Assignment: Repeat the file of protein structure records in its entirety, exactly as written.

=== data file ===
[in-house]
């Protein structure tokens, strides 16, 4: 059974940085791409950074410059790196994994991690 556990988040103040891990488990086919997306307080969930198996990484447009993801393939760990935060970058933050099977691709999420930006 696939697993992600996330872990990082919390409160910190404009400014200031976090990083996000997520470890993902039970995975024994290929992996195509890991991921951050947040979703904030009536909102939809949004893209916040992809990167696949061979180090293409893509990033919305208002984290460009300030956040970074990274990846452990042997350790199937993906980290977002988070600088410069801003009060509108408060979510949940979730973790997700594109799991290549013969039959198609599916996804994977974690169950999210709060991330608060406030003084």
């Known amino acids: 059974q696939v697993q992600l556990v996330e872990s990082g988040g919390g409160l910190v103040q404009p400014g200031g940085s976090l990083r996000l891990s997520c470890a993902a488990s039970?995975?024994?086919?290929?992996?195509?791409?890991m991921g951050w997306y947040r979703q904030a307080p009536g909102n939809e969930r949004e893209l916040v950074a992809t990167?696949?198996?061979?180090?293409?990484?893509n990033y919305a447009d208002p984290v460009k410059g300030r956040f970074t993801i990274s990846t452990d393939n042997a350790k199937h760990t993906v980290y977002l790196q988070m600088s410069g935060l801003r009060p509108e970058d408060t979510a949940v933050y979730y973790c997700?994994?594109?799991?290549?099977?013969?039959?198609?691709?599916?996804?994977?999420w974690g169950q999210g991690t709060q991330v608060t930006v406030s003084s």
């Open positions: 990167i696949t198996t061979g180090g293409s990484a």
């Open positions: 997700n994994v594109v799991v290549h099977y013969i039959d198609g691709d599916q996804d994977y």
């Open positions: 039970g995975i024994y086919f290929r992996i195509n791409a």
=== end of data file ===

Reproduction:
[in-house]
């Protein structure tokens, strides 16, 4: 059974940085791409950074410059790196994994991690 556990988040103040891990488990086919997306307080969930198996990484447009993801393939760990935060970058933050099977691709999420930006 696939697993992600996330872990990082919390409160910190404009400014200031976090990083996000997520470890993902039970995975024994290929992996195509890991991921951050947040979703904030009536909102939809949004893209916040992809990167696949061979180090293409893509990033919305208002984290460009300030956040970074990274990846452990042997350790199937993906980290977002988070600088410069801003009060509108408060979510949940979730973790997700594109799991290549013969039959198609599916996804994977974690169950999210709060991330608060406030003084």
């Known amino acids: 059974q696939v697993q992600l556990v996330e872990s990082g988040g919390g409160l910190v103040q404009p400014g200031g940085s976090l990083r996000l891990s997520c470890a993902a488990s039970?995975?024994?086919?290929?992996?195509?791409?890991m991921g951050w997306y947040r979703q904030a307080p009536g909102n939809e969930r949004e893209l916040v950074a992809t990167?696949?198996?061979?180090?293409?990484?893509n990033y919305a447009d208002p984290v460009k410059g300030r956040f970074t993801i990274s990846t452990d393939n042997a350790k199937h760990t993906v980290y977002l790196q988070m600088s410069g935060l801003r009060p509108e970058d408060t979510a949940v933050y979730y973790c997700?994994?594109?799991?290549?099977?013969?039959?198609?691709?599916?996804?994977?999420w974690g169950q999210g991690t709060q991330v608060t930006v406030s003084s």
């Open positions: 990167i696949t198996t061979g180090g293409s990484a």
């Open positions: 997700n994994v594109v799991v290549h099977y013969i039959d198609g691709d599916q996804d994977y």
């Open positions: 039970g995975i024994y086919f290929r992996i195509n791409a």